7. Keep your passwords private.
Do not share your passwords with anyone. Do not type your passwords into a device if you are within site of other people. If you’re storing a list of your passwords—or even better, a password hint sheet—on your computer in a document file, name the file something random so it isn’t a dead giveaway to snoopers.

8. Change your passwords regularly.
The more sensitive your information is, the more often you should change your password. Once it is changed, do not reuse that password again.
Phishing prevention
Phishing (FISH-ing) is a scheme used to trick someone into providing bank, credit card or financial account information. The scammers send a fraudulent email purporting to be from a bank, Internet service provider or another institution to get the information. The perpetrator may be asking for account numbers, passwords or any other personal financial information – in other words, thieves are "phishing" for information.

5 ways to prevent phishing
  • Never respond to unsolicited email from an unfamiliar source. This confirms an active address to the attacker, and they will be back.
  • Never click any link in a suspicious email. This could take you to a site controlled by the criminals, download spyware that can be used to steal information or download a virus to your computer.
  • Never open an attachment from an unfamiliar source. This could infect your computer with a virus or spyware.
  • Never give out your personal or financial information over the phone or the computer unless you initiated the contact. We will never ask you to "verify" your financial information via email or ask you to click on a special site link.
  • Check for the padlock or key icon at the top of your browser and make sure the address begins with "https" – the 's' indicates 'secure.' This is no guarantee, but the lack of these icons or "https" does indicate that the website isn't secure.
For more information on how to prevent phishing, visit the Federal Trade Commission's phishing prevention site.
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Credit or debit card fraud prevention

Credit or debit card fraud occurs when someone steals another person's credit or debit (ATM) card, or the identifying information from one, and uses it to make purchases with no intention of paying the cardholder or the merchant.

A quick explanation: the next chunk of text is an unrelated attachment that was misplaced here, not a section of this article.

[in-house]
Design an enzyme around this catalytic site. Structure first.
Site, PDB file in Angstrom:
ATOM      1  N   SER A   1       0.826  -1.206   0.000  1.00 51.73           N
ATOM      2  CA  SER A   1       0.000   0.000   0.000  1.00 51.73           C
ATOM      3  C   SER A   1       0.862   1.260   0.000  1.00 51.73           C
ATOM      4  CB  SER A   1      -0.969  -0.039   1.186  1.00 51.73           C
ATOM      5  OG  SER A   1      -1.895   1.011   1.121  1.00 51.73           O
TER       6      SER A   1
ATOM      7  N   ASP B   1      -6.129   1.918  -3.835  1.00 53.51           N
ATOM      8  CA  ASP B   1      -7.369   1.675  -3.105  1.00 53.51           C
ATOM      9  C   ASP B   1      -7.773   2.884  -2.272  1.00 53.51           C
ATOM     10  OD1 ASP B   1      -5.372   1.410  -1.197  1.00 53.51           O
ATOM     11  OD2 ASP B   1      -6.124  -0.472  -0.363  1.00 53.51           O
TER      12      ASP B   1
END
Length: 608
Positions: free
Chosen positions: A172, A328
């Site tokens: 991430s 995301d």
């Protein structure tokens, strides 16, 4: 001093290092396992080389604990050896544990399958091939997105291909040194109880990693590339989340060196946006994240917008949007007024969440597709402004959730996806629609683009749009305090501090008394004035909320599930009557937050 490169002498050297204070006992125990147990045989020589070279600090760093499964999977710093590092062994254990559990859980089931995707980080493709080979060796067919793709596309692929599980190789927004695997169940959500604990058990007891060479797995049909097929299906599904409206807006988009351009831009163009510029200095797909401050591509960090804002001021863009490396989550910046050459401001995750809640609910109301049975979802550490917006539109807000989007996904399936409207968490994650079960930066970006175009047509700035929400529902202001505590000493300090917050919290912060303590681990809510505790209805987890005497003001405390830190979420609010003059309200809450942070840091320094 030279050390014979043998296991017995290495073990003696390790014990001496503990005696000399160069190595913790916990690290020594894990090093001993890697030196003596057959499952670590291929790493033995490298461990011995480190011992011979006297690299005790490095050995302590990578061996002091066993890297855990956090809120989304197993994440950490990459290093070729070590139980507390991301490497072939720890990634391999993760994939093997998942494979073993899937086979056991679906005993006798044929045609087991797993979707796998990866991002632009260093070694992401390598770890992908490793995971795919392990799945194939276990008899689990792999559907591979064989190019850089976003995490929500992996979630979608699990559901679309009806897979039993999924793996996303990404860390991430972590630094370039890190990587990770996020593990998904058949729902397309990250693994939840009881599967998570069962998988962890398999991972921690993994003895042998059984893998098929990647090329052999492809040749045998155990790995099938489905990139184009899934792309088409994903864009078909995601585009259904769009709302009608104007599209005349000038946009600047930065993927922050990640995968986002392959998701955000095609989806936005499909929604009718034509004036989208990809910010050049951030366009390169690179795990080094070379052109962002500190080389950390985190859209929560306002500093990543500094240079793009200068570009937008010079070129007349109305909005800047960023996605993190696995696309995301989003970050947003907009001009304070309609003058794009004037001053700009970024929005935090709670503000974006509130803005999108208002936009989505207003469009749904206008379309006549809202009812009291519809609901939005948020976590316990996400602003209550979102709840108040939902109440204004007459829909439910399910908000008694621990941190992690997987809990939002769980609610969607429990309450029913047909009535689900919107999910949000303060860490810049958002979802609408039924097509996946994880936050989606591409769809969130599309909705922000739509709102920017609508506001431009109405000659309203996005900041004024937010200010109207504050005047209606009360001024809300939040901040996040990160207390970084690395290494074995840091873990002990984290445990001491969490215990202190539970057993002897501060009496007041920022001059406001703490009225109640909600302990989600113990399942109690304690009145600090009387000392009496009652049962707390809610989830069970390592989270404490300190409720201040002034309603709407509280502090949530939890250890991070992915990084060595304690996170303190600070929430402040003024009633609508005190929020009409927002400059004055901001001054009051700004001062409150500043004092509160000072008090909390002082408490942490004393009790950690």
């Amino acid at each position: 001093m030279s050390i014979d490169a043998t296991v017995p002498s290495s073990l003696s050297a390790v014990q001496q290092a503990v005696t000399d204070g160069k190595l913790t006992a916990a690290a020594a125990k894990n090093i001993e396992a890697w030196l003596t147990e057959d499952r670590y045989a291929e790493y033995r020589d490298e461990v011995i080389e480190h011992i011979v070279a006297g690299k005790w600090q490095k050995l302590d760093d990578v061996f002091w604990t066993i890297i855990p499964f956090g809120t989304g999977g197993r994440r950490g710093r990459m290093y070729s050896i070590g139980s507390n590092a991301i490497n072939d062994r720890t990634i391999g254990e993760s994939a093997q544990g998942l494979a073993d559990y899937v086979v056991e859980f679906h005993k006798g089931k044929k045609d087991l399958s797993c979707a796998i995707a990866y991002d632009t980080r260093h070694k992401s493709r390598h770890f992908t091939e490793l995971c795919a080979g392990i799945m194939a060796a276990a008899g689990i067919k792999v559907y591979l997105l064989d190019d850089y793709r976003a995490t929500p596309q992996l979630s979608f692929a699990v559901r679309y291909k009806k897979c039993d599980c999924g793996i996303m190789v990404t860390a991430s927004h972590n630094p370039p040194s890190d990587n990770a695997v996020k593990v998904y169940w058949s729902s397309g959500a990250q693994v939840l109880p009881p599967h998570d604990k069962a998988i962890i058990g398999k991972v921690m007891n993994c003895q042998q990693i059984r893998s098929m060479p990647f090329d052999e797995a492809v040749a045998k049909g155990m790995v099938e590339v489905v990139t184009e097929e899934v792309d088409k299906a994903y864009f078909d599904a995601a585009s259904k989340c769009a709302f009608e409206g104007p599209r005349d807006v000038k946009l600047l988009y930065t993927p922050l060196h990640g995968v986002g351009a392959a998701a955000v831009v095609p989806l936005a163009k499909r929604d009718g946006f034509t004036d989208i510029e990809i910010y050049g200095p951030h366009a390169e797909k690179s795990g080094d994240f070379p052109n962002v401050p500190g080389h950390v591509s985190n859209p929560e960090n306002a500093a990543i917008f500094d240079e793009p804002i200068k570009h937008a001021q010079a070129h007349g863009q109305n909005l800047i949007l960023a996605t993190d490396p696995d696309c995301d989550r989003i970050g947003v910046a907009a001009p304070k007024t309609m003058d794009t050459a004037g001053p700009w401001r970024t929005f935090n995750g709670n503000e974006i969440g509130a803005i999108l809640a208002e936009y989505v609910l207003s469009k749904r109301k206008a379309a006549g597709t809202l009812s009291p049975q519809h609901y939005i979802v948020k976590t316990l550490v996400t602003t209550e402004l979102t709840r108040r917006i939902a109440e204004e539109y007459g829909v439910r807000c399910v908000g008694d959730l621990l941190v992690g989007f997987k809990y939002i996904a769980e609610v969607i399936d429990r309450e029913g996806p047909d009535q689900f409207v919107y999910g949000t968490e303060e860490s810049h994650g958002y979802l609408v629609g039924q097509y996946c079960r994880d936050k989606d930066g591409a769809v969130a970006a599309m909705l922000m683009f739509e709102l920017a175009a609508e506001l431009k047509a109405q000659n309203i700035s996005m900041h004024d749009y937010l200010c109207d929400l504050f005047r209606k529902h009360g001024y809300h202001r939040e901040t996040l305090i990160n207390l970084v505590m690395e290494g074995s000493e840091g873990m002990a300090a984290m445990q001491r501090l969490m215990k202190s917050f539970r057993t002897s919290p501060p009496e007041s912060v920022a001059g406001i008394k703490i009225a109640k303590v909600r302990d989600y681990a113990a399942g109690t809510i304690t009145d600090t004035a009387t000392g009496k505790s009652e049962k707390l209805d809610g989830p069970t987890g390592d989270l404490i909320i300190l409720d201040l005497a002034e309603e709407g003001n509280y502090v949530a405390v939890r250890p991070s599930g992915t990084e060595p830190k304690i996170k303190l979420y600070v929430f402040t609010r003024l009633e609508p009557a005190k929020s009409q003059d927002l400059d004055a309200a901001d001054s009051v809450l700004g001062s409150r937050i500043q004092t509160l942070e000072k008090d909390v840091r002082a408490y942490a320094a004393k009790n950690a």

Pay attention to your PINs
  • Never write PIN numbers on your card or keep them in your wallet.
  • Never use the same PIN or ID number for all your cards.
  • Don't give your PIN number to anyone. Financial representatives, law enforcement officers or merchants should never ask you for this information.
  • Do not use obvious numbers for your PIN. Avoid using digits from your telephone number, Social Security number, date of birth or any number someone could easily figure out.

Keep track of your paper
  • Never throw account statements or preapproved card offers in the trash. Shred them or destroy them beyond repair.
  • Always verify that everything on your statement is correct. Immediately report any discrepancies to your credit or debit card issuer.
  • Before going on vacation, have the post office hold your mail.
  • If you know a statement is late in the mail, contact the card issuer immediately.

Take advantage of online banking and mobile apps
  • Enroll in online accounts and opt out of receiving paper statements altogether.
  • Quickly recognize fraudulent transactions.
  • Place a card on hold if it gets lost.
  • Set geolocations to where you use your cards.
  • Use mobile wallets like Apply Pay and Google Pay for purchases.
For information on what solutions TCU has to offer, visit our digital banking page. If your cards ever become permanently lost or stolen, call 866-565-6161 for credit cards or 866-226-5225 for debit cards.